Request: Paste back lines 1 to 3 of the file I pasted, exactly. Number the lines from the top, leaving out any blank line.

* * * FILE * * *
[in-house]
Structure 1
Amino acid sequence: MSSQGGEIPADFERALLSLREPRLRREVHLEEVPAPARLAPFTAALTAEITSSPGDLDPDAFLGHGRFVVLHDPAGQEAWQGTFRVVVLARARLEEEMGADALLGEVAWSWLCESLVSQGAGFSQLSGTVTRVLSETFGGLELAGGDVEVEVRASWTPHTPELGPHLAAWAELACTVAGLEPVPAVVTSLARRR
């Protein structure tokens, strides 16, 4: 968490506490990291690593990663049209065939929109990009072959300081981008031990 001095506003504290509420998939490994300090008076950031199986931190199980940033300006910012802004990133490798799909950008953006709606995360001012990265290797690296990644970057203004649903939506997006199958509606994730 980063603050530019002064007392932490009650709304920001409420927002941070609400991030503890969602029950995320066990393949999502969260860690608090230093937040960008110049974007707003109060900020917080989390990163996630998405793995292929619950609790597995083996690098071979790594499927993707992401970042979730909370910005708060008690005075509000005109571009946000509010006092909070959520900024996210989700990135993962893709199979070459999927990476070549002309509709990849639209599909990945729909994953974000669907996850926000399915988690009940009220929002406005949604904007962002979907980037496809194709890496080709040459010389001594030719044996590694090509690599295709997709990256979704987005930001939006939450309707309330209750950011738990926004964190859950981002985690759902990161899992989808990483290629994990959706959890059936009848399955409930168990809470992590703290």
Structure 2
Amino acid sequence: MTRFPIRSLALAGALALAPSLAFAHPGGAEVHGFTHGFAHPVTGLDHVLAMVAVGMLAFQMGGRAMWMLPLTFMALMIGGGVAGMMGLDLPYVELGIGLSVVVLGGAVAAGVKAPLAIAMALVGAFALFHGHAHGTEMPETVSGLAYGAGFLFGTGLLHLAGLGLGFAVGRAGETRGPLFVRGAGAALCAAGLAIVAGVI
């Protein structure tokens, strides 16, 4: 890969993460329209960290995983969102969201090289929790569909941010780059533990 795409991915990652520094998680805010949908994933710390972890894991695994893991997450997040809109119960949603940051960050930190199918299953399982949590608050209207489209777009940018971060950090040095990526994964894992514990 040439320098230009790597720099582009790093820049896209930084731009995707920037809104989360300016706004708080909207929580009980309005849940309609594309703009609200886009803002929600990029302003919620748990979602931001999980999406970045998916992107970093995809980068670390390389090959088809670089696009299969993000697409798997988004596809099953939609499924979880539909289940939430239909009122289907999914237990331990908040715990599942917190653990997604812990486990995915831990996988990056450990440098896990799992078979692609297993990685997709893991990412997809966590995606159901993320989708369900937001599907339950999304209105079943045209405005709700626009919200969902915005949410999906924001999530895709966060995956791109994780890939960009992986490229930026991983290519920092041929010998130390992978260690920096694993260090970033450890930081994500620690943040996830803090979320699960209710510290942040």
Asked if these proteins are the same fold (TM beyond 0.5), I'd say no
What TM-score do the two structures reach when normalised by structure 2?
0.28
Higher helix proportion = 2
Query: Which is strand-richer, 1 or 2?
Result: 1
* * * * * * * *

[in-house]
Structure 1
Amino acid sequence: MSSQGGEIPADFERALLSLREPRLRREVHLEEVPAPARLAPFTAALTAEITSSPGDLDPDAFLGHGRFVVLHDPAGQEAWQGTFRVVVLARARLEEEMGADALLGEVAWSWLCESLVSQGAGFSQLSGTVTRVLSETFGGLELAGGDVEVEVRASWTPHTPELGPHLAAWAELACTVAGLEPVPAVVTSLARRR